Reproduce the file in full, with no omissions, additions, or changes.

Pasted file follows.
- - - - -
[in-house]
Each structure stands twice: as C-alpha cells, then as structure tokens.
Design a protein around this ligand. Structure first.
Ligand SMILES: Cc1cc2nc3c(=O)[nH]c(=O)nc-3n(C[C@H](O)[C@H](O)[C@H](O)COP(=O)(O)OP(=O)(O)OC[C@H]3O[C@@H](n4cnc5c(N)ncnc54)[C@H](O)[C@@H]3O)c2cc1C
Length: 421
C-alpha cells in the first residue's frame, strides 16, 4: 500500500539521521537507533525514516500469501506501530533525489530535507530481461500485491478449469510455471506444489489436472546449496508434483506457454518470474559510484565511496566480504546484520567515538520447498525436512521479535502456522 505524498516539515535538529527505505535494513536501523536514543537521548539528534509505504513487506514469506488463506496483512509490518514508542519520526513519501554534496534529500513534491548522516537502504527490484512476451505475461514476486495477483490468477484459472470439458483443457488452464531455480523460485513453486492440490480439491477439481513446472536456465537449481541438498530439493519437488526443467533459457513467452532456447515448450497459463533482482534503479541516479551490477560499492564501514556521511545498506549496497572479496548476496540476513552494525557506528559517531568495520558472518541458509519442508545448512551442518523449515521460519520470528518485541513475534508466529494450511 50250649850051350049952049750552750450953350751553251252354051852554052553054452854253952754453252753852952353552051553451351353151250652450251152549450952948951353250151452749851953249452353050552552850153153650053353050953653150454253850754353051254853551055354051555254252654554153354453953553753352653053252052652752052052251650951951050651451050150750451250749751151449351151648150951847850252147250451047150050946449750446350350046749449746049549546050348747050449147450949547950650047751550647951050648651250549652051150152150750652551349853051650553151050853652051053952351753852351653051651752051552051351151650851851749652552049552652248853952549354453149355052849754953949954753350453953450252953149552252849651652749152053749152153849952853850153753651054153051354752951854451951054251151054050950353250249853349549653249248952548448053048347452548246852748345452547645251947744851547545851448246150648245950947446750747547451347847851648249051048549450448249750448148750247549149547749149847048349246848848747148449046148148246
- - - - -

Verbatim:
[in-house]
Each structure stands twice: as C-alpha cells, then as structure tokens.
Design a protein around this ligand. Structure first.
Ligand SMILES: Cc1cc2nc3c(=O)[nH]c(=O)nc-3n(C[C@H](O)[C@H](O)[C@H](O)COP(=O)(O)OP(=O)(O)OC[C@H]3O[C@@H](n4cnc5c(N)ncnc54)[C@H](O)[C@@H]3O)c2cc1C
Length: 421
C-alpha cells in the first residue's frame, strides 16, 4: 500500500539521521537507533525514516500469501506501530533525489530535507530481461500485491478449469510455471506444489489436472546449496508434483506457454518470474559510484565511496566480504546484520567515538520447498525436512521479535502456522 505524498516539515535538529527505505535494513536501523536514543537521548539528534509505504513487506514469506488463506496483512509490518514508542519520526513519501554534496534529500513534491548522516537502504527490484512476451505475461514476486495477483490468477484459472470439458483443457488452464531455480523460485513453486492440490480439491477439481513446472536456465537449481541438498530439493519437488526443467533459457513467452532456447515448450497459463533482482534503479541516479551490477560499492564501514556521511545498506549496497572479496548476496540476513552494525557506528559517531568495520558472518541458509519442508545448512551442518523449515521460519520470528518485541513475534508466529494450511 50250649850051350049952049750552750450953350751553251252354051852554052553054452854253952754453252753852952353552051553451351353151250652450251152549450952948951353250151452749851953249452353050552552850153153650053353050953653150454253850754353051254853551055354051555254252654554153354453953553753352653053252052652752052052251650951951050651451050150750451250749751151449351151648150951847850252147250451047150050946449750446350350046749449746049549546050348747050449147450949547950650047751550647951050648651250549652051150152150750652551349853051650553151050853652051053952351753852351653051651752051552051351151650851851749652552049552652248853952549354453149355052849754953949954753350453953450252953149552252849651652749152053749152153849952853850153753651054153051354752951854451951054251151054050950353250249853349549653249248952548448053048347452548246852748345452547645251947744851547545851448246150648245950947446750747547451347847851648249051048549450448249750448148750247549149547749149847048349246848848747148449046148148246